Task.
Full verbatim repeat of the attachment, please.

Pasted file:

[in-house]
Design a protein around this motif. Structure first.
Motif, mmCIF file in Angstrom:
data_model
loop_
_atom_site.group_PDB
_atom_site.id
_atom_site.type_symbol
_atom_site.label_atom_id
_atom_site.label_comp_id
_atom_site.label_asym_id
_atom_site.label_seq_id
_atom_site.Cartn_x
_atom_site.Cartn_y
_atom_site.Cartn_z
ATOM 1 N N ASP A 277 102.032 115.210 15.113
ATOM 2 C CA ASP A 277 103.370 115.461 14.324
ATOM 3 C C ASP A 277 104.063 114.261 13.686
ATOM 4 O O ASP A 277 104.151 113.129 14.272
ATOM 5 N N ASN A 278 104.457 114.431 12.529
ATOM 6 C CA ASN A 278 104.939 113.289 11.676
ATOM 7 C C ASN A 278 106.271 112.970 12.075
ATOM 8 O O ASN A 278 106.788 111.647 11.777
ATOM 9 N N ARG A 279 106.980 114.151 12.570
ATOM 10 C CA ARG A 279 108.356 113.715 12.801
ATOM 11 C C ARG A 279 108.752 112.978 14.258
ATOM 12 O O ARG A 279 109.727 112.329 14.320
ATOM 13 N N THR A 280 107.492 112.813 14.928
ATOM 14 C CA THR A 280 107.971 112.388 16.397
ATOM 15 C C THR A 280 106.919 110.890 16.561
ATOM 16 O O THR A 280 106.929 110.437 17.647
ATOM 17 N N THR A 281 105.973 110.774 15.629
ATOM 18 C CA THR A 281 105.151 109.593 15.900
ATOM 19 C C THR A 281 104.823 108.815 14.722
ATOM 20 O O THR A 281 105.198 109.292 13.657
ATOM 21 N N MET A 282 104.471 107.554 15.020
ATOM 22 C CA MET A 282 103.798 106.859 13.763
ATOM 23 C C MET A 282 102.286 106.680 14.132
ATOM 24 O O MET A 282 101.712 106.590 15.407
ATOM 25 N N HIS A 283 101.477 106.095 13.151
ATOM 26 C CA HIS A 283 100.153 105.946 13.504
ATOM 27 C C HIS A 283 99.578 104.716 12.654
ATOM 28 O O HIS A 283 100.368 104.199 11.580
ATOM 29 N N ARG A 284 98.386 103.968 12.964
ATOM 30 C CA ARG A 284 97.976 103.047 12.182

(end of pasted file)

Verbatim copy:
[in-house]
Design a protein around this motif. Structure first.
Motif, mmCIF file in Angstrom:
data_model
loop_
_atom_site.group_PDB
_atom_site.id
_atom_site.type_symbol
_atom_site.label_atom_id
_atom_site.label_comp_id
_atom_site.label_asym_id
_atom_site.label_seq_id
_atom_site.Cartn_x
_atom_site.Cartn_y
_atom_site.Cartn_z
ATOM 1 N N ASP A 277 102.032 115.210 15.113
ATOM 2 C CA ASP A 277 103.370 115.461 14.324
ATOM 3 C C ASP A 277 104.063 114.261 13.686
ATOM 4 O O ASP A 277 104.151 113.129 14.272
ATOM 5 N N ASN A 278 104.457 114.431 12.529
ATOM 6 C CA ASN A 278 104.939 113.289 11.676
ATOM 7 C C ASN A 278 106.271 112.970 12.075
ATOM 8 O O ASN A 278 106.788 111.647 11.777
ATOM 9 N N ARG A 279 106.980 114.151 12.570
ATOM 10 C CA ARG A 279 108.356 113.715 12.801
ATOM 11 C C ARG A 279 108.752 112.978 14.258
ATOM 12 O O ARG A 279 109.727 112.329 14.320
ATOM 13 N N THR A 280 107.492 112.813 14.928
ATOM 14 C CA THR A 280 107.971 112.388 16.397
ATOM 15 C C THR A 280 106.919 110.890 16.561
ATOM 16 O O THR A 280 106.929 110.437 17.647
ATOM 17 N N THR A 281 105.973 110.774 15.629
ATOM 18 C CA THR A 281 105.151 109.593 15.900
ATOM 19 C C THR A 281 104.823 108.815 14.722
ATOM 20 O O THR A 281 105.198 109.292 13.657
ATOM 21 N N MET A 282 104.471 107.554 15.020
ATOM 22 C CA MET A 282 103.798 106.859 13.763
ATOM 23 C C MET A 282 102.286 106.680 14.132
ATOM 24 O O MET A 282 101.712 106.590 15.407
ATOM 25 N N HIS A 283 101.477 106.095 13.151
ATOM 26 C CA HIS A 283 100.153 105.946 13.504
ATOM 27 C C HIS A 283 99.578 104.716 12.654
ATOM 28 O O HIS A 283 100.368 104.199 11.580
ATOM 29 N N ARG A 284 98.386 103.968 12.964
ATOM 30 C CA ARG A 284 97.976 103.047 12.182